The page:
Alterations apropos of the season might entail swapping out the sweet potato or carrot for hunks of pumpkin or butternut squash, and you can certainly use walnuts or even pine nuts if you don’t like pecans. But I wouldn’t skip the goat cheese. Its insistent tang is a needed foil for the mellow autumnal combination of root veggies and barley.
We ate this so fast our forks had whiplash. It is warm and hearty, certainly, and the clamor of different flavors settles together so nicely that you can’t help but keep going back for another taste. The sage and rosemary mellow as they fry, producing a toasty earthiness rather than the overwhelming pine-forest flavor you might expect.
Root Vegetable Barley Risotto
3 medium carrots
3 medium parsnips
2 medium rutabagas
1 medium orange fleshed sweet potato
¼ cup olive oil
1-2 teaspoons salt (a nice garlic and herb salt works well here, if you have it)
½ teaspoon pepper
¼ cup chopped pecans
¼ cup butter
10 sage leaves
1-2 teaspoons whole rosemary leaves
Scant 1 cup chopped onion (from ½ a medium onion)
4-6 cloves garlic, minced
1 cup pearled barley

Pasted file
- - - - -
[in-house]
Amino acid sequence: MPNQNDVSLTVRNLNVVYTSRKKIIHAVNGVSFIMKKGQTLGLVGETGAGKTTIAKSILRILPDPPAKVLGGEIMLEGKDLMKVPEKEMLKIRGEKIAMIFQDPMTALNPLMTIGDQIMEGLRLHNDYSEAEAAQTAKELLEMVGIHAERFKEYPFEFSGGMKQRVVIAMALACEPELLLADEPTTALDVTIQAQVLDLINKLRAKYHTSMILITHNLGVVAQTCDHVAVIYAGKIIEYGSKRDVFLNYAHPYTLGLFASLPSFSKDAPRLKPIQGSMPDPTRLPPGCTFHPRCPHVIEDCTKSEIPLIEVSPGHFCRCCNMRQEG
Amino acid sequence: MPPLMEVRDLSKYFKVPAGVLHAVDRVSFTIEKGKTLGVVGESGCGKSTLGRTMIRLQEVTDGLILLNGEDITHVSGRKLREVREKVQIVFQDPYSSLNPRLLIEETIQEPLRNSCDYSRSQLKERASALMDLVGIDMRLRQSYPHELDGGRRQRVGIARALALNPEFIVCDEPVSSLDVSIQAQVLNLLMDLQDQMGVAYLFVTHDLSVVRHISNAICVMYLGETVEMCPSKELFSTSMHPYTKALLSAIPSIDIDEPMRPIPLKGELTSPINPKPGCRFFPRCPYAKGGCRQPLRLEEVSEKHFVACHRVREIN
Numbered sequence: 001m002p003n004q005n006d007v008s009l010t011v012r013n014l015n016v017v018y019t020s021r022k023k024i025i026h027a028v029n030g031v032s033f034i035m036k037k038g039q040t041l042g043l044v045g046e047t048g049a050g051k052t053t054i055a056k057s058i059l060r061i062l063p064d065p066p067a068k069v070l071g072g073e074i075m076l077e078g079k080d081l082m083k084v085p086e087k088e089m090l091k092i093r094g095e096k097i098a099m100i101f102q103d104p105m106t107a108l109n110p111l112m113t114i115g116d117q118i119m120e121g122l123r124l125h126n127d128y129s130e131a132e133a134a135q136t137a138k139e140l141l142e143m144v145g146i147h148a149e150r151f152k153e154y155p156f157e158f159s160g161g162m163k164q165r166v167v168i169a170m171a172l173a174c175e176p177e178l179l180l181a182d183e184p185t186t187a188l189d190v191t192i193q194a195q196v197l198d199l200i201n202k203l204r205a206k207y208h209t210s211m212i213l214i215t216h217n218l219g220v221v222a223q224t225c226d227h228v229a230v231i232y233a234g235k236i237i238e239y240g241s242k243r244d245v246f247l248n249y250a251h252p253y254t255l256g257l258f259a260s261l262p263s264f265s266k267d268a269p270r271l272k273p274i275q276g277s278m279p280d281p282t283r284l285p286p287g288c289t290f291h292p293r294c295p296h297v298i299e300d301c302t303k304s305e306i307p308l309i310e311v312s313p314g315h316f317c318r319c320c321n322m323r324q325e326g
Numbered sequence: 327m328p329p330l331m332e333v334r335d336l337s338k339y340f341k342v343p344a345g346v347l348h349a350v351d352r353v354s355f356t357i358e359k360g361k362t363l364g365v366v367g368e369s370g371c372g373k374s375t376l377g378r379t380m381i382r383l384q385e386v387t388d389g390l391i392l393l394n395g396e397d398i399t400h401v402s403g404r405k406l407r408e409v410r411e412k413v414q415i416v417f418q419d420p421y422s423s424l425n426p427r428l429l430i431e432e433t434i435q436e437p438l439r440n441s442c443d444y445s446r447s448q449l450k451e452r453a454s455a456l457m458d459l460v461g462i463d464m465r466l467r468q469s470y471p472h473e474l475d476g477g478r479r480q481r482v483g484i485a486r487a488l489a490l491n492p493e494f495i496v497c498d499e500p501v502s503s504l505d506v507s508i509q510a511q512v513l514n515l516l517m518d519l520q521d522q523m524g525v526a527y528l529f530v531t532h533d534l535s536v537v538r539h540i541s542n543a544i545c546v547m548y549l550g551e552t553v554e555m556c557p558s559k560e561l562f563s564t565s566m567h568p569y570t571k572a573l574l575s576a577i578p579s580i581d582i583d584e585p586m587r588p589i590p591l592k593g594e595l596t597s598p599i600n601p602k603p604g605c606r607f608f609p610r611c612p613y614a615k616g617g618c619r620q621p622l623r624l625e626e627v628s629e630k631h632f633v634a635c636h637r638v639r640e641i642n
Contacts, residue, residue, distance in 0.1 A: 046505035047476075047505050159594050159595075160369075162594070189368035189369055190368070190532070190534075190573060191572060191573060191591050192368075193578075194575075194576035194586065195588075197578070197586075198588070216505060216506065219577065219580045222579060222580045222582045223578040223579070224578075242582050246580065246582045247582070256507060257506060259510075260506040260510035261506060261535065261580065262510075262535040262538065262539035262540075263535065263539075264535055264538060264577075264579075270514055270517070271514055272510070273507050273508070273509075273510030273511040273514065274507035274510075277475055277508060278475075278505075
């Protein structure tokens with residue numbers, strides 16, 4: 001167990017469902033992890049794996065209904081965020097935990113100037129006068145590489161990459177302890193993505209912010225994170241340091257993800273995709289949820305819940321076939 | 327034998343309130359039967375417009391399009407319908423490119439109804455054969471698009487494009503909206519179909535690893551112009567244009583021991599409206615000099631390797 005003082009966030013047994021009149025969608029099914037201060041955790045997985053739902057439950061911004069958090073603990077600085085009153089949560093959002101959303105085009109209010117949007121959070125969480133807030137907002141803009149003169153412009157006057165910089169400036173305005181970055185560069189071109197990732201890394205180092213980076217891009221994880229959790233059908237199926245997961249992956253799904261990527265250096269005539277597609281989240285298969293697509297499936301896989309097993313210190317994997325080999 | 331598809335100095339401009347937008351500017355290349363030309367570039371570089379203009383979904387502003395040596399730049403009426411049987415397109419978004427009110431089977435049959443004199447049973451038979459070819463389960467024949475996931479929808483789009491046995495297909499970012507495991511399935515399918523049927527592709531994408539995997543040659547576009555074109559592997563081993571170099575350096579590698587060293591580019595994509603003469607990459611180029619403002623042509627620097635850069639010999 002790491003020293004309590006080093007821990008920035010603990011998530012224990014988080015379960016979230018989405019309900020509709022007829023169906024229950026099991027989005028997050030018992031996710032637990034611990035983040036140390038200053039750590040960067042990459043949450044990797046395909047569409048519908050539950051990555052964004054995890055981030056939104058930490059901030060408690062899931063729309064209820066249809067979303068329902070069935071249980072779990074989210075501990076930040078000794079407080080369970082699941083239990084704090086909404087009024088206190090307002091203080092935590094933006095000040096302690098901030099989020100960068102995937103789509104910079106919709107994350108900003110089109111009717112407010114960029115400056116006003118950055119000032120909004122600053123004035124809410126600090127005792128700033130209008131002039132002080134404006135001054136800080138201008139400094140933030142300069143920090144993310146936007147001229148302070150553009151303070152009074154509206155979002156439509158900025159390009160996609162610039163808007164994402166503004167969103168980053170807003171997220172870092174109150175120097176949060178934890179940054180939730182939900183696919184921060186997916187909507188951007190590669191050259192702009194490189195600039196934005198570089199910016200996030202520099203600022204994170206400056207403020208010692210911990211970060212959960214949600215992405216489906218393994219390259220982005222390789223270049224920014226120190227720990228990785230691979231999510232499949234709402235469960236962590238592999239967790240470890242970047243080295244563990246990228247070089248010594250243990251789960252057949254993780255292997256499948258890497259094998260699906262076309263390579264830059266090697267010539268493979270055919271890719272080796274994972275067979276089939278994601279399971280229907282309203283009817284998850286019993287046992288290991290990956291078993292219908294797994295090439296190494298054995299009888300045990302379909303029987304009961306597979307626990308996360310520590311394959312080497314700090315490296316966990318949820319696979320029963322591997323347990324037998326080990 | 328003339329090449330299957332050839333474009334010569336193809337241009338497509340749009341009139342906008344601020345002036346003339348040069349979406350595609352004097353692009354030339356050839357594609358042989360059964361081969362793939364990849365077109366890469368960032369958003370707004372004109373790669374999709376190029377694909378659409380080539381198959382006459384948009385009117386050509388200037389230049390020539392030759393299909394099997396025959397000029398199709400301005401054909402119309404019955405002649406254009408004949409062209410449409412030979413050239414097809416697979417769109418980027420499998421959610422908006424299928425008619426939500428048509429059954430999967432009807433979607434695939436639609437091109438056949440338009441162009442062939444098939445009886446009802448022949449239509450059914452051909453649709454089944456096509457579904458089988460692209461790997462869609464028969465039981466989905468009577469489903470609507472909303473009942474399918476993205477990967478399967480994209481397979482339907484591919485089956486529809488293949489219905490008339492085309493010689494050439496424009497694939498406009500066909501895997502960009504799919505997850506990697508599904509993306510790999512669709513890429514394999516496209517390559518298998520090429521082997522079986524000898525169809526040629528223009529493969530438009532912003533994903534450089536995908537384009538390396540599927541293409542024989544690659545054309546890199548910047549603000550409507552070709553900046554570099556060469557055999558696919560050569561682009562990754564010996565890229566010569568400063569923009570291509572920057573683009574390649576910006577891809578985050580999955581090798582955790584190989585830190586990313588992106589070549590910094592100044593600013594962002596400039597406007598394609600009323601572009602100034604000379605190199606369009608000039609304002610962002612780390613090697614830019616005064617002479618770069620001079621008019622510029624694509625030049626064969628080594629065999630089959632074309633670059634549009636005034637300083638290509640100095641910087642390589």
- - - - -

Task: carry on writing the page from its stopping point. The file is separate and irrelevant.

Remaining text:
½ cup dry white wine
Additional salt and pepper, to taste
6 cups chicken or vegetable broth, warm but not boiling
8 oz. soft goat cheese
- First, preheat the oven to 400F and line two cookie sheets with aluminum foil. Place the cookie sheets in the oven while it preheats.
- Peel the root vegetables (except the onion) and cut them into discs, slices, or chunks of approximately the same size, no thicker than about ½ inch. Place them in a bowl and toss with the olive oil, salt, and pepper.
- Spread the vegetable chunks evenly in a single layer on the preheated trays, then return trays to the oven and roast for 45-60 minutes, tossing halfway through, until vegetables are fork tender and nicely caramelized. Set aside until risotto is ready.
- While the roots are roasting, warm the broth in a medium pot. You want it at a bare simmer at most. No more, or too much will evaporate while you wait to add it to your risotto. (It shouldn’t be cold either – this will increase the risotto’s cooking time.)